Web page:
New Bitcoin Anonymity technique: The Clusterfuck Wallet

This is either the craziest idea I ever had or the most brilliant one

I remember reading a while ago Mircea Popescu’s ridiculous article, where he states something like Bitcoin is perfectly anonymous. His reasoning went like this: Blockchain analysis cannot make any reasonable conclusion, because a Bitcoin transaction can be interpreted in many different ways. I cannot dig up that article (if you can, please link it), but what if I tell you he was actually right? Or it would be more correct to say: with a little effort we actually can make him to be kind of right.

Just when I thought I’ve finally figured out how to do an optimal on-chain privacy on Bitcoin with ZeroLink and I have nothing else to do, but to build this technique and only redesign it if/when the Confidential Transactions technique gets into Bitcoin, waxwing (Adam Gibson) just gave a new talk and put everything into a whole new perspective.

We, stupid developers and researchers went to a direction where we can quantify things, we can work with mathematical models, instead of embracing chaos, like Mircea did. This article is an attempt that tries to model and quantify the chaotic path, which, we, developers and researchers were too scared to go down.

While this technique is likely more fragile, than ZeroLink’s Chaumian CoinJoin, assuming sufficient wallet liquidity it’s way more user friendly. In fact it’s possible to combine the two by making ZeroLink’s post-mix wallet also a Clusterfuck Wallet. (Lack of better word.)
To understand, let’s take a look at the direction the evolution of CoinJoin took.


CoinJoin was first detailed in 2013 by Gregory Maxwell on BitcoinTalk. When multiple participants add inputs and outputs to a common transaction, it obfuscates the transaction graph.

SharedCoin was a method, used by It was both great and terrible service.

It is a great concept, because it further hardens the job of blockchain analysis companies, however simple amount analysis (CoinJoin Sudoku) can tell a lot about who sent money where.

CoinJoin With Common Denomination

A stronger variant is, if the non-change outputs have the same value, no one can tell which input intended to fund which of these non-change outputs.

This is great, because it’s mathematically impossible to tell who sends to who. Of course only if the observer only looks at a single transaction, not transaction chains and it does not have any clues, exposed by network analysis, but that’s outside the scope of this article.
This technique is used by JoinMarket, CoinShuffle and ZeroLink’s Chaumian CoinJoin.
It looks like we have a consensus on this is the right way to go and’s SharedCoin sucks, because it can be trivially linked.

But, no! What if I tell you was actually pretty close to providing an unreliably anonymous Bitcoin, only with just a few small tweeks? Of course, I’m completely dismissing the fact that actually knows exactly who sends who, due to their wallet architecture.

In order to understand what I’m going to show you, let’s take a step back and look at a simple transaction.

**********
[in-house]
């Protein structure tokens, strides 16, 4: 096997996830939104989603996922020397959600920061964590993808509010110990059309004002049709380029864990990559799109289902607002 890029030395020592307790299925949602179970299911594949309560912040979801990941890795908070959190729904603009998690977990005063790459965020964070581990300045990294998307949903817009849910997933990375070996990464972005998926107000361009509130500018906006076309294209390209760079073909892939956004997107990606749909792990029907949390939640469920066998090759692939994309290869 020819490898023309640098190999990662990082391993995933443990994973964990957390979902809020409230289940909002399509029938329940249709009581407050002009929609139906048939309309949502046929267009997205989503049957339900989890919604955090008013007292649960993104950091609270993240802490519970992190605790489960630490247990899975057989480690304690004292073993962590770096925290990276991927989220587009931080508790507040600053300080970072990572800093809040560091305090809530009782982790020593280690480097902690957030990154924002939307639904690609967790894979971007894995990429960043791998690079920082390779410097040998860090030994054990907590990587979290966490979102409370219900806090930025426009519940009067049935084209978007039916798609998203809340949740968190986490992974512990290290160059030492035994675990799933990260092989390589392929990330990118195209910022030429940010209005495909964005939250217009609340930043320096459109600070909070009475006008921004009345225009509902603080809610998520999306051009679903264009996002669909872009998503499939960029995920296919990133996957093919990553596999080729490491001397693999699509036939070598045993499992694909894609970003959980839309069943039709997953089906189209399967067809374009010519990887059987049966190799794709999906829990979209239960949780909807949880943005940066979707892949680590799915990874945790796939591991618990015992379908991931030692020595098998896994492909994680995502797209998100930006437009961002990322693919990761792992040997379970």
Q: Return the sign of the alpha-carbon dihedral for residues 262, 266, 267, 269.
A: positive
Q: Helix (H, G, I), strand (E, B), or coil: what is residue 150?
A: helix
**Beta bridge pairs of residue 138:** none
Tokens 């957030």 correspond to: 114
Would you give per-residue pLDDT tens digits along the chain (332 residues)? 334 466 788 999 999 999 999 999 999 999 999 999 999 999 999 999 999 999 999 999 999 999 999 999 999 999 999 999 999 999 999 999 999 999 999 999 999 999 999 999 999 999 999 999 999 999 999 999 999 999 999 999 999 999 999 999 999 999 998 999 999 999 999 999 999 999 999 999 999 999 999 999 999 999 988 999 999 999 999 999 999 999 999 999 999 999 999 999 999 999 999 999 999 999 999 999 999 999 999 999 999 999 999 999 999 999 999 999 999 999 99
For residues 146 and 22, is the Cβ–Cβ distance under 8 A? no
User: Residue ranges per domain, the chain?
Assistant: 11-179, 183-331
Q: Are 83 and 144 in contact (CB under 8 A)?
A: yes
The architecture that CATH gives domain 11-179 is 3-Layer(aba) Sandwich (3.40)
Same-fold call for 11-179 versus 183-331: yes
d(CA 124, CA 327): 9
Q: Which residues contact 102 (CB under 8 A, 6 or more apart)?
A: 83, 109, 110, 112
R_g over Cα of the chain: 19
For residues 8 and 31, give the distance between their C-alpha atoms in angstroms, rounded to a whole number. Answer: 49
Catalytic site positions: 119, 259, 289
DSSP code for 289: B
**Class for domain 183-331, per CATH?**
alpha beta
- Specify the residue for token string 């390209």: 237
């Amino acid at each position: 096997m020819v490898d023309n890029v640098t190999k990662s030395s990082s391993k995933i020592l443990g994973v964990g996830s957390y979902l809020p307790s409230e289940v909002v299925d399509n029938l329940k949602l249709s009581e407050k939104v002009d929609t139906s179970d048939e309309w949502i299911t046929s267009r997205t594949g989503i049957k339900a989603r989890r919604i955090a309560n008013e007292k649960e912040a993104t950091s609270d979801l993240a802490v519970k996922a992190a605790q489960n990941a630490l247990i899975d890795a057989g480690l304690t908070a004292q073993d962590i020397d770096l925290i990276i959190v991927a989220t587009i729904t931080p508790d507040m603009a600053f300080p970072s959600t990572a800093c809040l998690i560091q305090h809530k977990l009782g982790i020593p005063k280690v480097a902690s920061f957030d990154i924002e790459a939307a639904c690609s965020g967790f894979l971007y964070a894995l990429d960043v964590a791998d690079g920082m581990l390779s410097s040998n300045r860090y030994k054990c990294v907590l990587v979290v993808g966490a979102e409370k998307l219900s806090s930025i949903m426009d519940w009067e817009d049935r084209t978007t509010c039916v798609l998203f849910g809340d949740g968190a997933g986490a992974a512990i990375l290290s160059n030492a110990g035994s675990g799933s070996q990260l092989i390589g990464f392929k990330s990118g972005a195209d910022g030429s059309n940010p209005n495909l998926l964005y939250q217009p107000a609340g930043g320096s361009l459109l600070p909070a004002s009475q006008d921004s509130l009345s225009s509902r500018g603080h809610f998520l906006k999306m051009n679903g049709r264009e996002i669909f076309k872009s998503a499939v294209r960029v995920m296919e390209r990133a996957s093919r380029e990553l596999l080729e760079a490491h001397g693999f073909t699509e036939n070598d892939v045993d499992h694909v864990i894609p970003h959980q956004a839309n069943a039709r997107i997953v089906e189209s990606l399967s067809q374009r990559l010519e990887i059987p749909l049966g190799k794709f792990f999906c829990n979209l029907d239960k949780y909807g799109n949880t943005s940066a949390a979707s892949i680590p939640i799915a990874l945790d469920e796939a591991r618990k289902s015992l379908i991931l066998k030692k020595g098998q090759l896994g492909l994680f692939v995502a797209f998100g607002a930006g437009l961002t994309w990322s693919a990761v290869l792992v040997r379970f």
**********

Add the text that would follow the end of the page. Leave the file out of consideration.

Simple Transaction

Although Adam is white, he’s a pretty good rapper. He uses his rapping skills to explain us how such simple transaction can be interpreted in many different ways. It’s a silly transaction, because it doesn’t have change, nor fees, but no need to complicate it for now.

Normal Blockchain analysis would assume it’s a simple CoinJoin transaction, where Alice pays 1btc to Bob and Carol pays 3btc to David. Here’s the catch: if a wallet only implements’s SharedCoin, the simplest version of CoinJoin, then that’s assumption is 99% correct. Let’s take a look at the other interpretations, what a “clusterfuck wallet” might implement:

SharedCoin To Yourself

Alice can pay 1btc to herself and Bob can pay 3btc to himself.

Fake CoinJoin

Alice creates this transaction all input is hers and all output is hers.

A practical application would be: the wallet software from time to time randomly asks its users to make such transactions.

Payee Joins The Transaction

Alice pays Bob 1btc and Bob pays Bob 1btc.

Merge Avoidance

Alice pays Bob 1btc. And Alice pays Bob 3btc.

These two techniques require for both party to use the same wallet and in this case they can create such Blockchain analysis misleading transactions.

Pay To Many

Alice pays Bob 1btc and Alice pays Carol 3btc.

This technique requires Alice to want to make a transaction in the same time to many different recipient, like paying her employees.

How To Apply It?

First, a clusterfuck wallet needs to implement a SharedCoin type CoinJoin. Such transactions would be the basic transactions going to another wallet, that’s not also a clusterfuck wallet. Of course for this to work, the wallet also needs huge initial liquidity (meaning: users).
However the wallet also must enable normal Bitcoin transaction, but try to disincentivize them. This makes Blockchain analysis companies to not to come to a conclusion that, because this transaction was normal, it cannot come from a clusterfuck wallet.
The wallet must also implement the rest of the interpretations, listed above.

The End Result: Chaos

Now Blockchain analysis cannot conclude who pays who. In fact, not even the number of participants. Maybe Alice is paying to herself, it’s just a fake CoinJoin. The conclusions to make are unreliable.

The Challenge: Organic Patterns Emerge

In such a system organic transaction patterns might emerge, that Blockchain analysis can use. The biggest challenge of the wallet developers is to try to bring the likelihoods of all the transaction interpretations as close to each other as possible.


Clusterfuck wallet refers to the notion, that all this wallet does is: it fucks up the clustering algorytms of Blockchain analysis companies.

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